Much-adored American singer-songwriter Joan Osborne is today releasing ‘That Was A Lie’ from the politically-charged ‘Trouble and Strife’ LP – Joan’s first album of original material in six years which is due out September 18th. Released via Thirty Tigers and the label Osborne founded in 1991, Womanly Hips Records, Osborne also self-produced the new collection and penned all ten songs, with two co-writes. ‘Trouble and Strife’ finds the gifted vocalist offering a strong yet uplifting response to some of the socio-political issues plaguing the USA over the last several years and new cut ‘That Was A Lie’ is one of the most defiant of the lot. You can stream the track here:

A rally against abuses of power and untrustworthy government elites set to buoyant pop-rock, on ‘That Was A Lie’ Osborne’s scornful lyrics condemn “those camera-ready mouthpieces for corrupt officials”. It follows recent singles ‘What’s That You Say‘ (a pro-immigration song which features spoken-word by Ana Maria Rea, who describes the story of her family’s emigration from Mexico to the US and the challenges they faced), ‘Boy Dontcha Know‘ (a song about the plight of women in today’s broken society) and ‘Take It Any Way I Can Get It‘ (a soulful rootsy ode to living life to the fullest despite whatever odds might be stacked against you.)

On her tenth studio album, the masterful ‘Trouble and Strife’, Osborne has issued a clarion call. With stunning vocals, a diverse range of sonics and incisive lyrics, this deeply engaging collection of new original songs is her response to “the crazy, chaotic times we’re living in,” she says, and “a recognition of the important role music has to play in this moment. Music has a unique ability to re-energize people and allow us to continue to hang on to that sense of joy of being alive.”

Since she broke through 25 years ago with the multi-platinum ‘Relish’ and its touchstone mega-smash ‘One of Us,’ the seven-time Grammy nominee has never played it safe. Osborne has followed her restless musical heart, exploring a diverse range of genres: pop rock, soul, R&B, blues, roots rock, gospel, funk, and country – all of which can be heard on ‘Trouble and Strife’, along with the Western side of C&W and a touch of glam and disco. “For a lot of the record, we were going for a ‘70s AM radio vibe,” says Osborne.  As for the lyrics, the songs “are the most political I’ve ever written,” she conveys of her first album of originals since 2014’s confessional ‘Love and Hate’.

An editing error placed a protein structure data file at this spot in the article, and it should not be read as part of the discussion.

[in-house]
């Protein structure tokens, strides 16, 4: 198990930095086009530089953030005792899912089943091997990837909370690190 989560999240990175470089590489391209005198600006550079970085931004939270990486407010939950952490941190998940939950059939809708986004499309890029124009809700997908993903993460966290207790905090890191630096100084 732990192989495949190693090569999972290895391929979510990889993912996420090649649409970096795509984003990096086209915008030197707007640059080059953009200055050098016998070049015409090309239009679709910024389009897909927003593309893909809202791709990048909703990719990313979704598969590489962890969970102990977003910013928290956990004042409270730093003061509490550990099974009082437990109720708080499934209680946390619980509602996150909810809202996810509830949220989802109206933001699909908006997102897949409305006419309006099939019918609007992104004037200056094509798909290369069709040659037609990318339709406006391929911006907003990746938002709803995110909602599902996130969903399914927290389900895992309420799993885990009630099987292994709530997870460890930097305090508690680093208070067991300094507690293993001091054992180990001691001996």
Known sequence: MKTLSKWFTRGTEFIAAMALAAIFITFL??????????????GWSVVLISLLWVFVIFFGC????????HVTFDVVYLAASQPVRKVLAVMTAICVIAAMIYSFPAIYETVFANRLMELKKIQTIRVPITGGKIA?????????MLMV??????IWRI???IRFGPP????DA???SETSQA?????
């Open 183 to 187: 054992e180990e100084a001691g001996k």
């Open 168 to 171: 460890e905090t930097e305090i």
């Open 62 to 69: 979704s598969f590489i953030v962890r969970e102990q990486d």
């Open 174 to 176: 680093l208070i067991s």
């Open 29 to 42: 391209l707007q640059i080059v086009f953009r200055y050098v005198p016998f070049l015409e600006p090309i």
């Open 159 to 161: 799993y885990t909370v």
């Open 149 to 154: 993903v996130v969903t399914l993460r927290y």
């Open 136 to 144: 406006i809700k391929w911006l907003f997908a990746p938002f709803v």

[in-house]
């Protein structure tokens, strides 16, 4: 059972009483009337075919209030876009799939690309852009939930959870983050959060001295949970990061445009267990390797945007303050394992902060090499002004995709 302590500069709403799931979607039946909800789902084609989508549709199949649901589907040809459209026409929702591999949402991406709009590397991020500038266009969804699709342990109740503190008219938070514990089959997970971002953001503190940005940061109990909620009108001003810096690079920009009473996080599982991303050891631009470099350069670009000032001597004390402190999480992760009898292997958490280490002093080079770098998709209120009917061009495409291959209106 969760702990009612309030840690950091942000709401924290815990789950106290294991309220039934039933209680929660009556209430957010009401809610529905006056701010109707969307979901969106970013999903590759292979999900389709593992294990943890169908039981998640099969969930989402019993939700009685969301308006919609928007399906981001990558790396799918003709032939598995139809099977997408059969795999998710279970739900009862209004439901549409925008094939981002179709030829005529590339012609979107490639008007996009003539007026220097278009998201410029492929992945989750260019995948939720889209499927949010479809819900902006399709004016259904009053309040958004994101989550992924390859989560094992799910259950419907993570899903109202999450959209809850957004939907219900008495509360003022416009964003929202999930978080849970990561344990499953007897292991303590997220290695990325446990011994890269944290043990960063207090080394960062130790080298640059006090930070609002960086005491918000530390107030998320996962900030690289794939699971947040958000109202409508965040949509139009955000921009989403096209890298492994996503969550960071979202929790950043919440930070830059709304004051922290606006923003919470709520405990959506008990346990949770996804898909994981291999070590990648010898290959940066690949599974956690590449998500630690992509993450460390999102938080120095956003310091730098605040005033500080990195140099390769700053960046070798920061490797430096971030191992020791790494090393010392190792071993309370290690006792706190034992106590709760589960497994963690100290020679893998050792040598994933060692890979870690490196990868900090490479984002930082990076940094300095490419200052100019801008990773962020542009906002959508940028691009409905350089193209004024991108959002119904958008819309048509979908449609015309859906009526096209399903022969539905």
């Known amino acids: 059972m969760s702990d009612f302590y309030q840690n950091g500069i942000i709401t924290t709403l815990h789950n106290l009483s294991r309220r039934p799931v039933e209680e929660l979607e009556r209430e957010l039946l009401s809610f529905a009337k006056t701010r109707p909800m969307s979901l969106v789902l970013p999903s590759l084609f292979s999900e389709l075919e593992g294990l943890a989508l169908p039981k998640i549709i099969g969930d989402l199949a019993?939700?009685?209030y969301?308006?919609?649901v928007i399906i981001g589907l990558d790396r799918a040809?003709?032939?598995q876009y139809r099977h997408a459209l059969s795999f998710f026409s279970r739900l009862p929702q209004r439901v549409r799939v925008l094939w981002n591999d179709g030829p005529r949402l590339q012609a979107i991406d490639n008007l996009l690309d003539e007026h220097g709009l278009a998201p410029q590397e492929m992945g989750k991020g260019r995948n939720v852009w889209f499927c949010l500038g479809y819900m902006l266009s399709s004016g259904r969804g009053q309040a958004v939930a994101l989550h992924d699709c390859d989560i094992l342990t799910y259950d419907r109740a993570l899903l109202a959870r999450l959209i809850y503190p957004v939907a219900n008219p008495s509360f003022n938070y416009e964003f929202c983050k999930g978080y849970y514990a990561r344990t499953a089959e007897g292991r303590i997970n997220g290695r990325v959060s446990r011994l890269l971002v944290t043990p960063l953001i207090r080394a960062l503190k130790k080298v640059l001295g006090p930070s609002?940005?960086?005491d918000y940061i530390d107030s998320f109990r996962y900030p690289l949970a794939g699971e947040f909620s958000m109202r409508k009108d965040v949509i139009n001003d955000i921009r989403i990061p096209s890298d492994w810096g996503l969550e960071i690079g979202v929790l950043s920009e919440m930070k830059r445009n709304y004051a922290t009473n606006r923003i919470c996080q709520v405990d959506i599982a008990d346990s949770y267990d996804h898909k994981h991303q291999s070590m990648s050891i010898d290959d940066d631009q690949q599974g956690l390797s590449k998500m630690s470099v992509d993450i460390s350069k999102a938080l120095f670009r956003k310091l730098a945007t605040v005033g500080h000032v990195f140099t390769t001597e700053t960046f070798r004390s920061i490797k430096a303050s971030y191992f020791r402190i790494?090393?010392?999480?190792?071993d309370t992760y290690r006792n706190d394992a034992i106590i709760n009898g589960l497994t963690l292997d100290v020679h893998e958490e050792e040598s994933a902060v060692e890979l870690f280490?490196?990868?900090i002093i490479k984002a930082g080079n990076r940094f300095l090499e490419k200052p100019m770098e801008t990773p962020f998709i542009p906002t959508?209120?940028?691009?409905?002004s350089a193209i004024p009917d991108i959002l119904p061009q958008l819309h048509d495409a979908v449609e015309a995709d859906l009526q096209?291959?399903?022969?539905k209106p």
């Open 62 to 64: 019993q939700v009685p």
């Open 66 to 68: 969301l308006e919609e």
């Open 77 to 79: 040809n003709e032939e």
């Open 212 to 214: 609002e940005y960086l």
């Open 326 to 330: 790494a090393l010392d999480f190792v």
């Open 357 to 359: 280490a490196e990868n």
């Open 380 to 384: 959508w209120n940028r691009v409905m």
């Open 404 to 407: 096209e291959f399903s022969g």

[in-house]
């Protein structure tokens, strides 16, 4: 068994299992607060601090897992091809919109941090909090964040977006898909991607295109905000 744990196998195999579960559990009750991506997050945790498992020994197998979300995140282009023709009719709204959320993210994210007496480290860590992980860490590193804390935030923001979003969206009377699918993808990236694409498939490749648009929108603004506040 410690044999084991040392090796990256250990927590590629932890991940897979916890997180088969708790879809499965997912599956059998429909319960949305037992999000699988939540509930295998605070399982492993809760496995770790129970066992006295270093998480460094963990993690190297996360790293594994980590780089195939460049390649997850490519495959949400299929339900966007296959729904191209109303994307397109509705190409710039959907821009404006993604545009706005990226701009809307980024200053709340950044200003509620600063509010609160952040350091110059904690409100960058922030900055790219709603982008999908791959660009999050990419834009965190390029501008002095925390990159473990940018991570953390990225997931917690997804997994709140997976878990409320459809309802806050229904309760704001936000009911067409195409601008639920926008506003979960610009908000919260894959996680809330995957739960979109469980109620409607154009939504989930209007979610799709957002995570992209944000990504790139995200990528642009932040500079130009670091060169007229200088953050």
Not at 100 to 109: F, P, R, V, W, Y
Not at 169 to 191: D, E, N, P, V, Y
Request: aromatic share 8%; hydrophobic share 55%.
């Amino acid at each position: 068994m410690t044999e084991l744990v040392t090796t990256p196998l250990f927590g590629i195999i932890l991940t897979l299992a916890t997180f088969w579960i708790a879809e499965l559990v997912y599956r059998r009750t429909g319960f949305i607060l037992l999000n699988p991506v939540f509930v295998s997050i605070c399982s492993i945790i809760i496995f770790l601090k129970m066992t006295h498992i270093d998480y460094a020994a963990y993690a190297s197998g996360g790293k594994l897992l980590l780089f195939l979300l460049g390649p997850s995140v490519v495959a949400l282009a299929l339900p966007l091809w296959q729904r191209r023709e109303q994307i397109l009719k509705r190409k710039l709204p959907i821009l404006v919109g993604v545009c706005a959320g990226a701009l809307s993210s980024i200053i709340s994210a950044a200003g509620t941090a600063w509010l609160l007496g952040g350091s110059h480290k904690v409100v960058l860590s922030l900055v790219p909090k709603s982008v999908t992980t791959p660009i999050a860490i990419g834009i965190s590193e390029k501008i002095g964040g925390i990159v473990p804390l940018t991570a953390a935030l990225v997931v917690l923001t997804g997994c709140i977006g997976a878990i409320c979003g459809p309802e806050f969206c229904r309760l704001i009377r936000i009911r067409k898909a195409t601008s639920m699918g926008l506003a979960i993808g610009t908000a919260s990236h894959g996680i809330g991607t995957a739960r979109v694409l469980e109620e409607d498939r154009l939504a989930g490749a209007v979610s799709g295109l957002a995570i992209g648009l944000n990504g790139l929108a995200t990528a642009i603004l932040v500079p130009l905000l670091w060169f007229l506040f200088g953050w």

Throughout her quarter-century, multi-Grammy nominated career, Joan Osborne has never been an artist confined to one space. She has utilized her incredible voice through her own songs while also becoming one of her generation’s finest interpreters. Osborne has shared the stage with artists ranging from Stevie Wonder and Mavis Staples to Bob Dylan and Lucinda Williams and she continues to seamlessly blend into any genre. On Trouble and Strife, her tenth studio album, the need for her voice and words has never been stronger.


“I feel like music has this important job to do right now,” Osborne says. “Part of that job is to help imagine a better future – and to hang on to hope. I want to play for people and get them up on their feet and dancing. To let music do that thing it does – bring joy and energy because we really need that right now.” With ‘Trouble and Strife’, she intends to do just that.


You can pre-order ‘Trouble and Strife’, due for release September 18th via Womanly Hips Records/Thirty Tigers,  here:



Take It Any Way I Can Get It

What’s That You Say

Hands Off

Never Get Tired (Of Loving You)

Trouble and Strife

Whole Wide World

Meat & Potatoes

Boy Dontcha Know

That Was A Lie


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